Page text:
Hogan's Alley: What It Is, Where It Is, Why It's Called That

There are actually multiple places in the golf world called Hogan's Alley

A statue of Ben Hogan near the clubhouse at Colonial Country Club, a club sometimes called Hogan's Alley
This statue of Ben Hogan is at Colonial Country Club in Fort Worth, Texas, one of the three places nicknamed Hogan's Alley. Scott Halleran/Getty Images

Do you know what - and where - Hogan's Alley is?

Actually, Hogan's Alley isn't an "it," Hogan's Alley is a "they" or "them." Because there are multiple Hogan's Alleys in golf: Two golf courses are nicknamed Hogan's Alley, and one golf hole is named Hogan's Alley.

All of them are named after golf legend Ben Hogan.

The Golf Courses Nicknamed 'Hogan's Alley'

There are two famous golf courses that are nicknamed Hogan's Alley. Those two courses are:

Why are these courses called Hogan's Alley? Because Ben Hogan was so successful at each.

At Riviera, Hogan won what was then called the Los Angeles Open three times, the first time in 1942. But it was following the 1947-48 seasons that Riviera started to be referred to as Hogan's Alley. That's because Hogan won three times there in that two-year period: the Los Angeles Open both years, plus the 1948 U.S. Open.

Colonial Country Club has always been the site of what debuted in 1946 as the Colonial National Invitation Tournament and is today named the Dean & Deluca Invitational. And Hogan holds the tournament record with five victories. He won the first two years of the event, 1946-47, plus in 1952-53, and again in 1959.

Hogan is the only golfer to win the Colonial in back-to-back years, and he did it twice. It's also noteworthy that his 1959 win at Colonial was the last of his PGA Tour victories. For years after his competitive career ended, Hogan was a visible presence at Colonial during the PGA Tour tournament.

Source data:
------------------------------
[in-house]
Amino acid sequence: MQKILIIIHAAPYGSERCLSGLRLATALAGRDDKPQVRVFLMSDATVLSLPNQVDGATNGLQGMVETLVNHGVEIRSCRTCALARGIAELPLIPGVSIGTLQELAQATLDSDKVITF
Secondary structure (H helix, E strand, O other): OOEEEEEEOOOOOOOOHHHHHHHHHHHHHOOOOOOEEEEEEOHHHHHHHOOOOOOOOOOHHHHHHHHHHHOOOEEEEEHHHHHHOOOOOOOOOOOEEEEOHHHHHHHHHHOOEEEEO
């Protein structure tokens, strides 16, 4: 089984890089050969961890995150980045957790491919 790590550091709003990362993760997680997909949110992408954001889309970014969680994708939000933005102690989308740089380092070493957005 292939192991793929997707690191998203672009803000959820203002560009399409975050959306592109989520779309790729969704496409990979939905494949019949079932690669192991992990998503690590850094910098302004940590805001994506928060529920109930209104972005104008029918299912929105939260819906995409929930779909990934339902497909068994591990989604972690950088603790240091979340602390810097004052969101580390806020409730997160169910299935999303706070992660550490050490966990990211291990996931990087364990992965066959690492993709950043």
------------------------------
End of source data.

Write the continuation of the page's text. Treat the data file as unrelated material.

The Hole That Is Named Hogan's Alley

There is also one hole on another famous golf course that was originally nicknamed Hogan's Alley but now is officially named that:

The No. 6 hole at Carnoustie is a par 5 with a split fairway. The safer play is go up the much wider right side, but the better line (leaving the better set-up for the approach shot into the green) is up the narrower and more dangerous left side.

In 1953, during his only appearance in the British Open, Hogan played up the more dangerous left fairway - bunkers on one side of the tight landing area, out-of-bounds on the other - all four days. All four days he hit his target.

And he won the tournament. After that, the hole became nicknamed "Hogan's Alley." During a ceremony in 2003, Carnoustie officially renamed the hole Hogan's Alley. (The hole's original name was "Long.")